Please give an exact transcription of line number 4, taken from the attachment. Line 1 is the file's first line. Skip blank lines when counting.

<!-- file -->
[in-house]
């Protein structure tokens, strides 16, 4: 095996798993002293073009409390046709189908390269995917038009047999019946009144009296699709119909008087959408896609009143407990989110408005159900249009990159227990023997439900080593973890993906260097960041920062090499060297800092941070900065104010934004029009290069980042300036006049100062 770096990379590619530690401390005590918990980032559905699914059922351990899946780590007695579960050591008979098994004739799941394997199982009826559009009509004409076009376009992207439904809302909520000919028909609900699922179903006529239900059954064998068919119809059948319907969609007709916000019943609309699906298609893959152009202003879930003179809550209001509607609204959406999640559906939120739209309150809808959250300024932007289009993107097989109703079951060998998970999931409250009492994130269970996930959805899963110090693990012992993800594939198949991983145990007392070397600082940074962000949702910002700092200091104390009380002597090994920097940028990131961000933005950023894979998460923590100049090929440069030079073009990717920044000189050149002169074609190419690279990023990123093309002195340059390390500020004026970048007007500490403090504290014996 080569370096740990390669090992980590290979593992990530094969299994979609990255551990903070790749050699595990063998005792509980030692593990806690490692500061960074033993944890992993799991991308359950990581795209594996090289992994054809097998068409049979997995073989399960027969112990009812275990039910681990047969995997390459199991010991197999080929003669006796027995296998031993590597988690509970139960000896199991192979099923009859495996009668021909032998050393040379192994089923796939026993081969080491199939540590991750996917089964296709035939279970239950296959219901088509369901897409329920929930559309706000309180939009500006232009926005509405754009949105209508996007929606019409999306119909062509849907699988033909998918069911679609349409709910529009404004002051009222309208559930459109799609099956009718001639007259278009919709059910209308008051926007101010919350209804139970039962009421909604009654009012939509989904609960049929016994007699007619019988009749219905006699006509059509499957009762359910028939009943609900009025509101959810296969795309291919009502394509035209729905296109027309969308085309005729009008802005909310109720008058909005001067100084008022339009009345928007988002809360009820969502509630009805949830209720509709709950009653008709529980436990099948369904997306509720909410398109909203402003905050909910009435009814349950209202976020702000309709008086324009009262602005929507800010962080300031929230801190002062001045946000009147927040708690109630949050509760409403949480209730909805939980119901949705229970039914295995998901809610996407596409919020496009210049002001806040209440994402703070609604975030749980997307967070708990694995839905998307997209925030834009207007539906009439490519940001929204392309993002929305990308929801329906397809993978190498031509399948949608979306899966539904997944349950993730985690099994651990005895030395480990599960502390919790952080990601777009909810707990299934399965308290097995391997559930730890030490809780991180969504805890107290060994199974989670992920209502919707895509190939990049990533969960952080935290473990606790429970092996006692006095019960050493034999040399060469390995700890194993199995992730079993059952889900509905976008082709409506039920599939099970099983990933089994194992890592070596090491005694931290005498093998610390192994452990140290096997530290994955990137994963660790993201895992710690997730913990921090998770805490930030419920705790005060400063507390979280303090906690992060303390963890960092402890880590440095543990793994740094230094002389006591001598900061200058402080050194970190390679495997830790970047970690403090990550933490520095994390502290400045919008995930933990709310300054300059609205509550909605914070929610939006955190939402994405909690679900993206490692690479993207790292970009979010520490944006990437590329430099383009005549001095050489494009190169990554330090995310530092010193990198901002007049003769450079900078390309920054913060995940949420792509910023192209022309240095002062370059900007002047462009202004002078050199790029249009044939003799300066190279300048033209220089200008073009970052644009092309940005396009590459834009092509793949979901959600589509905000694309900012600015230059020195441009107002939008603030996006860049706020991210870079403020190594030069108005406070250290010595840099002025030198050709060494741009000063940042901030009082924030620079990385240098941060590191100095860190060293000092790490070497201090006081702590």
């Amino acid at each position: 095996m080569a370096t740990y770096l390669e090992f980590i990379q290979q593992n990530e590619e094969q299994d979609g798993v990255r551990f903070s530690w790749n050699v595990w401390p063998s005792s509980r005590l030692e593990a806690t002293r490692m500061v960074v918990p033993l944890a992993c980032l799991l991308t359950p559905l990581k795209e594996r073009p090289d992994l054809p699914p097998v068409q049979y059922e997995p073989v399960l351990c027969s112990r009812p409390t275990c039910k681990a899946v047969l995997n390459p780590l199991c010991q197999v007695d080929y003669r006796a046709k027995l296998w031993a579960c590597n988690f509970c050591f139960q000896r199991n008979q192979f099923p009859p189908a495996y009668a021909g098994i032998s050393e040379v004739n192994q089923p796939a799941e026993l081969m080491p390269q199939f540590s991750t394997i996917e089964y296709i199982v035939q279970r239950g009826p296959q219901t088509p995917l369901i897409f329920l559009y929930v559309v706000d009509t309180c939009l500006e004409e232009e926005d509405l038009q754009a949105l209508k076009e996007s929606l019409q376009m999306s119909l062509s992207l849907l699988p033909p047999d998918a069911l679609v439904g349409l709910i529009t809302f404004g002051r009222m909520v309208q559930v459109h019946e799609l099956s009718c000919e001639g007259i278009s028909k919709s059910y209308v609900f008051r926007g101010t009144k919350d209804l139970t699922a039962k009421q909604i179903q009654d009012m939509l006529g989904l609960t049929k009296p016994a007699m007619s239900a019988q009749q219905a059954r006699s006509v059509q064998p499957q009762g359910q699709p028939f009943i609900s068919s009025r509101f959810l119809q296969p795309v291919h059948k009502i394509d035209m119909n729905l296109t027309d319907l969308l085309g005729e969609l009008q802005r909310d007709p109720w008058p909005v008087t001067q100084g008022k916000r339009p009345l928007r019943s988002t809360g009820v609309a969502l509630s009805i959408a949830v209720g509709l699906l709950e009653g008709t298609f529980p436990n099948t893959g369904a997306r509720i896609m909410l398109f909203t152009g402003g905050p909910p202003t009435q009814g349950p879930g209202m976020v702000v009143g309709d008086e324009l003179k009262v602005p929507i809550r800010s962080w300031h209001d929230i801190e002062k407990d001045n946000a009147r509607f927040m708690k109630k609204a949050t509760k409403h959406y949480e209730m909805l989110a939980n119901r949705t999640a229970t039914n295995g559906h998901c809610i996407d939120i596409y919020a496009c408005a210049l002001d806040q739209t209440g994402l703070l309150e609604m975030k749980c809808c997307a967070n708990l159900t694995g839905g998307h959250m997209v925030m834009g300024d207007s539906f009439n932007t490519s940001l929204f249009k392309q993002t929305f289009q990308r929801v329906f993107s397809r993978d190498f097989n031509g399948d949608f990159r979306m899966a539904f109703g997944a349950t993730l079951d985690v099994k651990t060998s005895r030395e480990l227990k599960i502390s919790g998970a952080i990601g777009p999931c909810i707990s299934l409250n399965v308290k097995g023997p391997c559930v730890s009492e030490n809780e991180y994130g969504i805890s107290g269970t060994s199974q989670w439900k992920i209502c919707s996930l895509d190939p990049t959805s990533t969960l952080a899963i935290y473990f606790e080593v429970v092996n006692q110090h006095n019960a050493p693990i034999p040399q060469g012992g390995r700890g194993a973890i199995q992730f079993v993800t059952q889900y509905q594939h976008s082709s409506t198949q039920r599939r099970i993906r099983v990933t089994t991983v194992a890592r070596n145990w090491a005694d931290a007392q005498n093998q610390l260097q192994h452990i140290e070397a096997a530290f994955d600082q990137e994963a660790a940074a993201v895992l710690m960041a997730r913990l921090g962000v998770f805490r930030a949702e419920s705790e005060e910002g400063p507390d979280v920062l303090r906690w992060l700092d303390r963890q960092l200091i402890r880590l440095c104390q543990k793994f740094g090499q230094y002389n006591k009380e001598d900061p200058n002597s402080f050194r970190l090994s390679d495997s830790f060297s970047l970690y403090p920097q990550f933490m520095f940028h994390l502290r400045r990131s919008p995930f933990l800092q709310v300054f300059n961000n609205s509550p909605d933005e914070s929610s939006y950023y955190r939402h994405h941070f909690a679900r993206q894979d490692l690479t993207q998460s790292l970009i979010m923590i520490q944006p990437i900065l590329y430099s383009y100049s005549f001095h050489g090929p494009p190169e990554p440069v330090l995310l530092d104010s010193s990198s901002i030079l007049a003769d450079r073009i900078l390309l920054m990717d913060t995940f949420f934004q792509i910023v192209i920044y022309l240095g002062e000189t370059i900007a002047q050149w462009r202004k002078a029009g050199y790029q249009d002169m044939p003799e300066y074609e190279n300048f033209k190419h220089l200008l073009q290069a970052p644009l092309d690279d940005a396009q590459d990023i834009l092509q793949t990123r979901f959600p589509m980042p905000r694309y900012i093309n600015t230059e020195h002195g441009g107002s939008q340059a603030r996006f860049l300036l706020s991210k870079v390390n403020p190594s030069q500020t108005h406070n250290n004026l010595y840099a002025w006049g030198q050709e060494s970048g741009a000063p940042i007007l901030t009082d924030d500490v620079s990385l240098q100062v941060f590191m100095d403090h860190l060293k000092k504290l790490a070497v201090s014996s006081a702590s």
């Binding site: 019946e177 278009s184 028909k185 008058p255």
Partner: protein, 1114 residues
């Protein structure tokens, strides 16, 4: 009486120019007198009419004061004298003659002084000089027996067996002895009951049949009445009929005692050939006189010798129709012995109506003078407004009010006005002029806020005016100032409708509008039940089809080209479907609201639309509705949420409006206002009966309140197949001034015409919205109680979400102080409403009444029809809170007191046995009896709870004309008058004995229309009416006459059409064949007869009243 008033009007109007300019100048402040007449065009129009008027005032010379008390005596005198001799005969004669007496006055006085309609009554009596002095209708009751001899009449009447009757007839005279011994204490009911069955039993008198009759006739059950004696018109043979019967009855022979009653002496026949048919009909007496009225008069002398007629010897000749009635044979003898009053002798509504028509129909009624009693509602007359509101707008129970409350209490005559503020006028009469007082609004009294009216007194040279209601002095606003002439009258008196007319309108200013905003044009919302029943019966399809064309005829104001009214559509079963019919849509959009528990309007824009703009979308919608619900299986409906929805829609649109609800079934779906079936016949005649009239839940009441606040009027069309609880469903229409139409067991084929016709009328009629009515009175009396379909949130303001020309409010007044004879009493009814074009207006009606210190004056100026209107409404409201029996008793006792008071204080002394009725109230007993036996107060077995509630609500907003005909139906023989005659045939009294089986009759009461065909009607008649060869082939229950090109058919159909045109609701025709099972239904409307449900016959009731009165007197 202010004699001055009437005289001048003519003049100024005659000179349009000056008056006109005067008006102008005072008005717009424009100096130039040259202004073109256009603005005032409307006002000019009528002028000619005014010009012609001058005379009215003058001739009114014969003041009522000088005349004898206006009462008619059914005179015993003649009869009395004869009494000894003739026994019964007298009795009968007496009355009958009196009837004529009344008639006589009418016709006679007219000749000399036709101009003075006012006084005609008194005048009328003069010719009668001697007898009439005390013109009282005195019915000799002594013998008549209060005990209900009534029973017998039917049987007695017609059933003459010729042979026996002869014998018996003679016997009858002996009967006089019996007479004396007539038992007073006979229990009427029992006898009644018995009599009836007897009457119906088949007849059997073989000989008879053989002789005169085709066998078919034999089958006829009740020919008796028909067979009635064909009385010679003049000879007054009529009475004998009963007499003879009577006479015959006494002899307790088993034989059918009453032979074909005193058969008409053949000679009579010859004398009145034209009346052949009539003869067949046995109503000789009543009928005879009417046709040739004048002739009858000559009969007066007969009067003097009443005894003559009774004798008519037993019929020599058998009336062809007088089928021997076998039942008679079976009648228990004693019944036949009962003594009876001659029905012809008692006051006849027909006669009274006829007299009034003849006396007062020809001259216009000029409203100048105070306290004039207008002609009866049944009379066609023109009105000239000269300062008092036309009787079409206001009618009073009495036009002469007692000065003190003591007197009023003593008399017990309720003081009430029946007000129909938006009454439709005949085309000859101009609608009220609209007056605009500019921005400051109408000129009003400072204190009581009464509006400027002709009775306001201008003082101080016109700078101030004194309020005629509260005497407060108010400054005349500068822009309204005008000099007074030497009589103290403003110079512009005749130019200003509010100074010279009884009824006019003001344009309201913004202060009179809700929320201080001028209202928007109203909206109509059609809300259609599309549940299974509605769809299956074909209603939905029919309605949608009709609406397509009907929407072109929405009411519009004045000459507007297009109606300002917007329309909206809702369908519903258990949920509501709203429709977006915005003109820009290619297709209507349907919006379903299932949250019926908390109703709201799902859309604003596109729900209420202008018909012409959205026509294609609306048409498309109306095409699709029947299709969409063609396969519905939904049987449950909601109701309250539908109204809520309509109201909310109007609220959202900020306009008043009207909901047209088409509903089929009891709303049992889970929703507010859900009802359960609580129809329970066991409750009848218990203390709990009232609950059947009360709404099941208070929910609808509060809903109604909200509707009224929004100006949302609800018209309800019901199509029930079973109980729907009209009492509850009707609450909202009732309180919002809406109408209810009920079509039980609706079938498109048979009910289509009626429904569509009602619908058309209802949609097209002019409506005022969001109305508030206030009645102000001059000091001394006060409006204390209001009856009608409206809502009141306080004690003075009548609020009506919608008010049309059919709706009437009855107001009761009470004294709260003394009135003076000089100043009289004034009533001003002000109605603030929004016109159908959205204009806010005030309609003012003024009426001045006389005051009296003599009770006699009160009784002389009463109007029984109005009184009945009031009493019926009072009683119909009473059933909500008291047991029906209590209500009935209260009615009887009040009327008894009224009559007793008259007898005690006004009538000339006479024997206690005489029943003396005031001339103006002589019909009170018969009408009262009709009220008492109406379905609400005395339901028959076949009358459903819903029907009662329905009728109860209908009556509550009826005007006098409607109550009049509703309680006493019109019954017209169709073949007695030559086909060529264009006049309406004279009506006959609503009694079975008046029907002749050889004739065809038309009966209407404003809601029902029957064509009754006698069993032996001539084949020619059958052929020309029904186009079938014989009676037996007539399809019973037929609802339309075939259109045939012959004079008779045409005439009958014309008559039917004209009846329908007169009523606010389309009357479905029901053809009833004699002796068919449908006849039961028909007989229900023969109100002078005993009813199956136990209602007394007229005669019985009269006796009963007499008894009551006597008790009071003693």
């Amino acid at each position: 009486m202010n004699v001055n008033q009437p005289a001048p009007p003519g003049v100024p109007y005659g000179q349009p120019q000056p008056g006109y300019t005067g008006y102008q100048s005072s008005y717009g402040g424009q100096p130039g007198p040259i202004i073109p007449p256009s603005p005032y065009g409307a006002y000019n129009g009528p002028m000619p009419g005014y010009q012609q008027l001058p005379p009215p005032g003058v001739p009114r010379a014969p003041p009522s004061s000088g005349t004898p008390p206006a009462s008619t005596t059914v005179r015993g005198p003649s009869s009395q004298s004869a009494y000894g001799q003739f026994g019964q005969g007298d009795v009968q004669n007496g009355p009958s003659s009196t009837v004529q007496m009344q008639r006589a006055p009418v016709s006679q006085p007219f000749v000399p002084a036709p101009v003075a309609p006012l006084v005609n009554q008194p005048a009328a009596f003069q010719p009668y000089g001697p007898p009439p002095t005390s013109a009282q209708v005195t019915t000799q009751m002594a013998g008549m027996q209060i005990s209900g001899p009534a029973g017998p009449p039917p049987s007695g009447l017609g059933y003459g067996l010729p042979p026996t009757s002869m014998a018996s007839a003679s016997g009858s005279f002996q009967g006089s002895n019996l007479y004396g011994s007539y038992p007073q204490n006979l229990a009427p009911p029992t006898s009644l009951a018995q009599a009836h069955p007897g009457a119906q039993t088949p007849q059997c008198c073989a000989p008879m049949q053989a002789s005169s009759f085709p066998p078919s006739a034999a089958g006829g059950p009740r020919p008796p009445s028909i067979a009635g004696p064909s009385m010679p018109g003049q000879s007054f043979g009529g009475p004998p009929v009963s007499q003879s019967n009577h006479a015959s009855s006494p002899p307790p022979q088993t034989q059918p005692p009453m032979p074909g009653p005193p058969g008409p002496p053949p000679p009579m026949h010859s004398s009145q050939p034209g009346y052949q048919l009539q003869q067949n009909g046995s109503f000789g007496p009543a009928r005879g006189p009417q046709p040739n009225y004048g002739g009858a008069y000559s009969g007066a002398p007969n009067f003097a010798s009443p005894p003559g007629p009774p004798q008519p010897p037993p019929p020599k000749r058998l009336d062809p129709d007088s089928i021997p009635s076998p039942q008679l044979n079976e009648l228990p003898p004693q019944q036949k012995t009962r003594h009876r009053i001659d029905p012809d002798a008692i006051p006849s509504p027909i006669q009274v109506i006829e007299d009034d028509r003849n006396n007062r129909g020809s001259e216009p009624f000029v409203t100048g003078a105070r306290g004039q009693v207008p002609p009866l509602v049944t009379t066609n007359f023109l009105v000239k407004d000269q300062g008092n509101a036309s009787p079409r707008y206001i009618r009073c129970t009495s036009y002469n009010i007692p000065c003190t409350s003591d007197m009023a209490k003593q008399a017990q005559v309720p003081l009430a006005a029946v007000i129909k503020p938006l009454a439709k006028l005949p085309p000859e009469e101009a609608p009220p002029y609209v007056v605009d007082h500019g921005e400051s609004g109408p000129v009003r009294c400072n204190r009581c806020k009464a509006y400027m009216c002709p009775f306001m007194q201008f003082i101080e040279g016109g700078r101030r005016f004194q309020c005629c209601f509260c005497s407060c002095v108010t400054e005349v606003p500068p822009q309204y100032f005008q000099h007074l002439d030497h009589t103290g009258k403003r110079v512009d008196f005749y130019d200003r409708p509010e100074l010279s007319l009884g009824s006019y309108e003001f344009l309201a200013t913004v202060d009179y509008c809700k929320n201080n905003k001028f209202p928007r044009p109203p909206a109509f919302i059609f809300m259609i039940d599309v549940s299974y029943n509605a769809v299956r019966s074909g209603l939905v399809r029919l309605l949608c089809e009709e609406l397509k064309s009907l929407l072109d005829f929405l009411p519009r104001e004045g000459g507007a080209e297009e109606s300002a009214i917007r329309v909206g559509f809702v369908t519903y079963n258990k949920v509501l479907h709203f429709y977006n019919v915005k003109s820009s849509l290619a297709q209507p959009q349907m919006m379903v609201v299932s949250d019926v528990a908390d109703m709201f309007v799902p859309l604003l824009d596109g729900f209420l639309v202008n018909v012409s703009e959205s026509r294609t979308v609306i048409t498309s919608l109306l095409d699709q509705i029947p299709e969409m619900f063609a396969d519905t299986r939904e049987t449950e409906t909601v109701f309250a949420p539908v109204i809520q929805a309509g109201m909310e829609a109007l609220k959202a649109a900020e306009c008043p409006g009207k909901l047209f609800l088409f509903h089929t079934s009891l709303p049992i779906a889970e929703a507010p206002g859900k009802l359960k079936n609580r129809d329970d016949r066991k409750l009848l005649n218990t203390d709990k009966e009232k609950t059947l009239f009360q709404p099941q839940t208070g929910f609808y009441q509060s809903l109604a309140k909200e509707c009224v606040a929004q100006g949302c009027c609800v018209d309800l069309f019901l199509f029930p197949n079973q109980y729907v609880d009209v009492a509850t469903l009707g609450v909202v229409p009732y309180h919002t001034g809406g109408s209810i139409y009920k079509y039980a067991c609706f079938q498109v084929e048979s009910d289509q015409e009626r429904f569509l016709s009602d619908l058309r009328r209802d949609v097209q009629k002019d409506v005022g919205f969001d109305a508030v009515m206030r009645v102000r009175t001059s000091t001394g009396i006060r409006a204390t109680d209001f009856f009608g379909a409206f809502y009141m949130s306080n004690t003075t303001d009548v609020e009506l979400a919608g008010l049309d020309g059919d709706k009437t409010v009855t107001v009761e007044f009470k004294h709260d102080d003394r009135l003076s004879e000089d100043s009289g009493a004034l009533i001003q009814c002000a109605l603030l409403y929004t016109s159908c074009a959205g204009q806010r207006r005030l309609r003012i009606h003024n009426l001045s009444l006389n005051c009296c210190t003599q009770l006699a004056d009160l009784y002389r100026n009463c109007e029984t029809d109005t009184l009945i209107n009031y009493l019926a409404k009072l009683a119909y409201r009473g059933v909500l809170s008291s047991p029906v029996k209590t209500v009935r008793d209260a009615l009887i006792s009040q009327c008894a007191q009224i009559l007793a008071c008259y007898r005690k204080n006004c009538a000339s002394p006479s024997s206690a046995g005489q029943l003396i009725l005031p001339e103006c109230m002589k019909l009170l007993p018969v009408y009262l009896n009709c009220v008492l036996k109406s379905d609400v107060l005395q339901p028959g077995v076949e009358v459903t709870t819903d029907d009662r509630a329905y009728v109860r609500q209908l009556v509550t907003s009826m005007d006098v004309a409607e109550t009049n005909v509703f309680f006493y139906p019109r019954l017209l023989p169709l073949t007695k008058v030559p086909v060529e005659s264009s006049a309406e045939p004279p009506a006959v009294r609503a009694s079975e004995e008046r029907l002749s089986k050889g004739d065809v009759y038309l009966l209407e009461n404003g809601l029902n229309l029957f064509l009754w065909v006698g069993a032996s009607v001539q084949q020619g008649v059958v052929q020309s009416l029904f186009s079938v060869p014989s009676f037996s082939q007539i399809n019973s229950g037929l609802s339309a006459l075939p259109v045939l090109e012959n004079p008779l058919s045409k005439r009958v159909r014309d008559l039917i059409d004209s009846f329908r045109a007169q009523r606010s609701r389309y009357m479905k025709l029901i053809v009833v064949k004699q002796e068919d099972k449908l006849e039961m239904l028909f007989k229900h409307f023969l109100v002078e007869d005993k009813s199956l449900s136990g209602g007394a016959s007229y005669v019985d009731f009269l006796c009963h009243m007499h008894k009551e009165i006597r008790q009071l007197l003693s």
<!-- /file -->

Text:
């Binding site: 019946e177 278009s184 028909k185 008058p255």